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The wooded suburban setting of Dunwoody offers large lots and a convenient location at the north end of Interstate 285. The area was pioneered in the 1830s and is named for Maj. Charles Dunwoody. The Dunwoody area has top-ranked schools and many elegant homes. Perimeter Mall offers a variety of shopping opportunities and Perimeter Center is home to shopping and office buildings. The Dunwoody Country Club is a private club with an 18-hole golf course and 14 tennis courts. Dunwoody has a 22-acre park that includes an educational center, playground and trails. The area is served by the Dunwoody MARTA station.

Sandy Springs
Sandy Springs is situated on the edge of the Chattahoochee River and conveniently located between the cities of Roswell and Atlanta. Sandy Springs recently incorporated -- becoming the seventh largest city in the state. Fortune 500 companies and major health care providers are located in Sandy Springs, giving the community a strong economic base. The natural beauty of the area can be enjoyed at many parks, including the Chattahoochee River National Recreation Area. Housing options are plentiful, ranging from starter homes to high-end estates. The central business district is undergoing redevelopment with an emphasis on incorporating retail, residential and restaurant space into the cityscape. 

Buckhead represents different things to different people. For some it's the sights and sounds of a vibrant community filled with an enticing array of upscale shopping, great restaurants and popular nightspots. For others, it's a sophisticated living environment where some of the Atlanta's most desirable homes are occupied by some of its most famous residents. For others, it's a business community, part of Atlanta's uptown commercial and banking center. Lenox Square and Phipps Plaza are located here, making it a shopping destination for folks from all around. One national magazine placed Buckhead among the Top 10 most affluent communities in the country.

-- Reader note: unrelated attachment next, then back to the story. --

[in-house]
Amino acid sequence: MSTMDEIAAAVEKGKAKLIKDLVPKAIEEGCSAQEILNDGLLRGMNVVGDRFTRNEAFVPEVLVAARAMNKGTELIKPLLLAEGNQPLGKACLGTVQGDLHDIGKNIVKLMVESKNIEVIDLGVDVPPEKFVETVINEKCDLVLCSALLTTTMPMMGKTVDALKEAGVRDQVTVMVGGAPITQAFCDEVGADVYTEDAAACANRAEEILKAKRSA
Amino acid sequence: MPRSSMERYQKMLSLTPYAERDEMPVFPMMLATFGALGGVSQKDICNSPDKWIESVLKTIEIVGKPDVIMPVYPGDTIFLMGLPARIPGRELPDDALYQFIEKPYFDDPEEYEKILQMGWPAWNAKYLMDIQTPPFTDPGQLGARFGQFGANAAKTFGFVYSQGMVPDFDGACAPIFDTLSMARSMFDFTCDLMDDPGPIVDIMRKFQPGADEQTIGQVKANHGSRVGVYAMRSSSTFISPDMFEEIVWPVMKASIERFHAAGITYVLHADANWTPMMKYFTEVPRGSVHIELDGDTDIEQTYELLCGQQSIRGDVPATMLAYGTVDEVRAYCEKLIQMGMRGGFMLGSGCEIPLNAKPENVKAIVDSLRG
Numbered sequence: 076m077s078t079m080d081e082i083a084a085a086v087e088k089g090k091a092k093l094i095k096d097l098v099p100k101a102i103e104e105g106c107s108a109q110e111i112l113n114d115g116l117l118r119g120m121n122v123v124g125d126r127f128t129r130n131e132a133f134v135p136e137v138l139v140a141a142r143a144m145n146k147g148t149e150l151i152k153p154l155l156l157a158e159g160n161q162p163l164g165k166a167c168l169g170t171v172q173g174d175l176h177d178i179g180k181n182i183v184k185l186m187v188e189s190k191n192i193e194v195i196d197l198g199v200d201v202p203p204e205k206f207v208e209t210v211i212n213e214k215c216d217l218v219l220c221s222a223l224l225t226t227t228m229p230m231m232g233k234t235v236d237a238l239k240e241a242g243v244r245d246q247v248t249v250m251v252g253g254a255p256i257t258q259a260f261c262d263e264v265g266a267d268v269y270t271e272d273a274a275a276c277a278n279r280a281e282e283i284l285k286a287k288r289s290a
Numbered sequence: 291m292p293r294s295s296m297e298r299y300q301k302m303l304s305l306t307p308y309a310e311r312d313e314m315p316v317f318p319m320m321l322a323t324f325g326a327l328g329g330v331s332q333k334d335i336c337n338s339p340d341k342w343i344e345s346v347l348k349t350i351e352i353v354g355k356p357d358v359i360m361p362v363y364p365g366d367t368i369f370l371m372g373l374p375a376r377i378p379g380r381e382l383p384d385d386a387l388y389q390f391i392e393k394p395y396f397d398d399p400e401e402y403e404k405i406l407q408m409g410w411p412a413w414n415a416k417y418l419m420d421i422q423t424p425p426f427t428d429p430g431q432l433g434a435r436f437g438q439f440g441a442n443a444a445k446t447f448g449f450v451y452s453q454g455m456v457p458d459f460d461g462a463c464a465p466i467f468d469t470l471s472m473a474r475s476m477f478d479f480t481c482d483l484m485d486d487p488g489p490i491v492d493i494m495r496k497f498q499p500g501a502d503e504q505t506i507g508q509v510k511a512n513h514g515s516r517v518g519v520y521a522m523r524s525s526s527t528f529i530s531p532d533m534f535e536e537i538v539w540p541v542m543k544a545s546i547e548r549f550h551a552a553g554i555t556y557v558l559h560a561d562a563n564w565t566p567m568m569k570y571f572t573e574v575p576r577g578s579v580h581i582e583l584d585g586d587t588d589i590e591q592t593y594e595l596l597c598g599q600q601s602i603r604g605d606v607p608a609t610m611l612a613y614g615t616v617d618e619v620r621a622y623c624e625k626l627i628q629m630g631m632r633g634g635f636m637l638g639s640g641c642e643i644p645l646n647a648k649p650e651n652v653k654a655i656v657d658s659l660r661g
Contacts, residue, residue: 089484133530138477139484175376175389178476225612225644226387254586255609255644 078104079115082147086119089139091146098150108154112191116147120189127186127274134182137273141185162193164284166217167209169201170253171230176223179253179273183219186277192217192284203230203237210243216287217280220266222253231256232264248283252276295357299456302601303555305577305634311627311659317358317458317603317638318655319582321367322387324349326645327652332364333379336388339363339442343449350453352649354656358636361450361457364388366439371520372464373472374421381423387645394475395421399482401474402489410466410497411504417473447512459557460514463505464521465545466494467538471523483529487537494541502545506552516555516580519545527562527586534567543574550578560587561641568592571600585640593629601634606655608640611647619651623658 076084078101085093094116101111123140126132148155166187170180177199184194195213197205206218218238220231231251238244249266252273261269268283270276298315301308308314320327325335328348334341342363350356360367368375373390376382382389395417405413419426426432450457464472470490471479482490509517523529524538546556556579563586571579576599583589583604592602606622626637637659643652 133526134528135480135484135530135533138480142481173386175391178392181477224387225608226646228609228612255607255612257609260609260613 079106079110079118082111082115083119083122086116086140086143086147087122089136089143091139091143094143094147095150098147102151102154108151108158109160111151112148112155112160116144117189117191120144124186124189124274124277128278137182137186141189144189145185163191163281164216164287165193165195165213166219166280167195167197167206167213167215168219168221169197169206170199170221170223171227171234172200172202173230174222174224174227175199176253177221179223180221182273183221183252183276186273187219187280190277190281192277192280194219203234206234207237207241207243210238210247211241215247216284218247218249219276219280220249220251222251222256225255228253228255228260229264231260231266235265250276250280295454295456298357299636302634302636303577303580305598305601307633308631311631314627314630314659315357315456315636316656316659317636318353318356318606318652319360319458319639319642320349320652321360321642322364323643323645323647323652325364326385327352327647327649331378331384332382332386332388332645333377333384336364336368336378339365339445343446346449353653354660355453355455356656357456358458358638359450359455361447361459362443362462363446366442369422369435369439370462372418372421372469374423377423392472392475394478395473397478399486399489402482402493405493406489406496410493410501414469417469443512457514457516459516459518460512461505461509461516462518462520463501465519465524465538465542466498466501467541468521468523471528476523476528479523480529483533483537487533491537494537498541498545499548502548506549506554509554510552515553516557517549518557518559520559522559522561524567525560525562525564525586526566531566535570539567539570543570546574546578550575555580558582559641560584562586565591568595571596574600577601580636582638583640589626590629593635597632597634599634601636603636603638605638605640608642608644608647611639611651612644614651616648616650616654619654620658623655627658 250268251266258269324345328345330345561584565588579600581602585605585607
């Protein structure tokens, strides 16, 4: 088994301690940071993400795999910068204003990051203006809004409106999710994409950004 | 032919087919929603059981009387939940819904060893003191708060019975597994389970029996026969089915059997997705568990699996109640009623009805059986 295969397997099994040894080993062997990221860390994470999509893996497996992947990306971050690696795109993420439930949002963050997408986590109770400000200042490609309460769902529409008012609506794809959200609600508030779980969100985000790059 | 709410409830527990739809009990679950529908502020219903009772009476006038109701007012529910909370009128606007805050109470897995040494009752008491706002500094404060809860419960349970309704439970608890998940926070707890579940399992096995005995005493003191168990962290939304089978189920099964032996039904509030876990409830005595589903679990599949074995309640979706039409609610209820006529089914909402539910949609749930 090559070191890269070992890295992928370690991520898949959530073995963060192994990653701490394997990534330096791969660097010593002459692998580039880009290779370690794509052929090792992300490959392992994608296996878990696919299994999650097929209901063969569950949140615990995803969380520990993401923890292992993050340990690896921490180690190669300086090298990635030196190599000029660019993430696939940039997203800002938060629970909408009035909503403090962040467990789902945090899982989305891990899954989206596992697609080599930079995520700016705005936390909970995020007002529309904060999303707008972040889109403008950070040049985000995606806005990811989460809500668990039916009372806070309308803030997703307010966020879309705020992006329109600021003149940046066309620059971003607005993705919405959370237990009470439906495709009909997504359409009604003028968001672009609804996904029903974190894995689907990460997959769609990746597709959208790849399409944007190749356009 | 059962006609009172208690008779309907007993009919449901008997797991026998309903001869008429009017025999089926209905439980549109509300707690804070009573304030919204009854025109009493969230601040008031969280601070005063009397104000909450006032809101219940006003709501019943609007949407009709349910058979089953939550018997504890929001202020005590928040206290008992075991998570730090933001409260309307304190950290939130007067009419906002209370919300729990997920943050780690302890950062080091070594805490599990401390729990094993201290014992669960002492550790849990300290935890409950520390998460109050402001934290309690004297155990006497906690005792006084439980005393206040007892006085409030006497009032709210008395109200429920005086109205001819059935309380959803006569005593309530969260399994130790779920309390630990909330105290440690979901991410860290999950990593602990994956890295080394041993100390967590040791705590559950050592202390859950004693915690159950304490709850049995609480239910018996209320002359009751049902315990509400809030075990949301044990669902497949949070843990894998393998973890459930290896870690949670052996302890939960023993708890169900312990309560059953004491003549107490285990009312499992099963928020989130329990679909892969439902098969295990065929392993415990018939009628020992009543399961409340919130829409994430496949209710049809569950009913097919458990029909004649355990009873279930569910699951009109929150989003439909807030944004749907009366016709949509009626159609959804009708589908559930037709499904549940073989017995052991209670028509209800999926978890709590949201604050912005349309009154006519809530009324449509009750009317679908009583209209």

Brookhaven's meandering streets, rich landscape and historical traditions give it a real sense of community. The Creek Indians occupied the land at one time and the first white settlers arrived in the 1830s. It was in 1910 that land was acquired to build a golf club to be called Brookhaven. The club was completed, but it became known as the Capital City Country Club. Today the golf club is the centerpiece of Brookhaven. There is a mix of housing styles in Brookhaven, from Tudor to Georgian. The area was placed on the National Register of Historical Places in the 1980s. Great schools and easy access to all of Atlanta make Brookhaven a true haven for Atlanta living. 

Smyrna is known as the "jonquil city" and indeed it is beginning to grow into full bloom. The city is just north of Atlanta and is near the intersection of I-75 and I-285. A community redevelopment project known as The Village Green earned an Urban Land Institute award for its revitalization of downtown. It includes a library, community center, fountain, government offices, shopping and mixed-used development. Atlanta Magazine voted Smyrna one of the Top 10 places to live in the Atlanta area. With a population estimated at 50,000, Smyrna is attracting new home construction ranging in price from $300,000 to more than $1 million. The city offers plenty of opportunities for outdoor activity with parks, pools, tennis courts and public golfing. Smyrna has a thriving business community and its largest employer is IBM. Smyrna earns its title as the jonquil city from the burst of color that erupts every spring in gardens and along streets as the flowers bloom.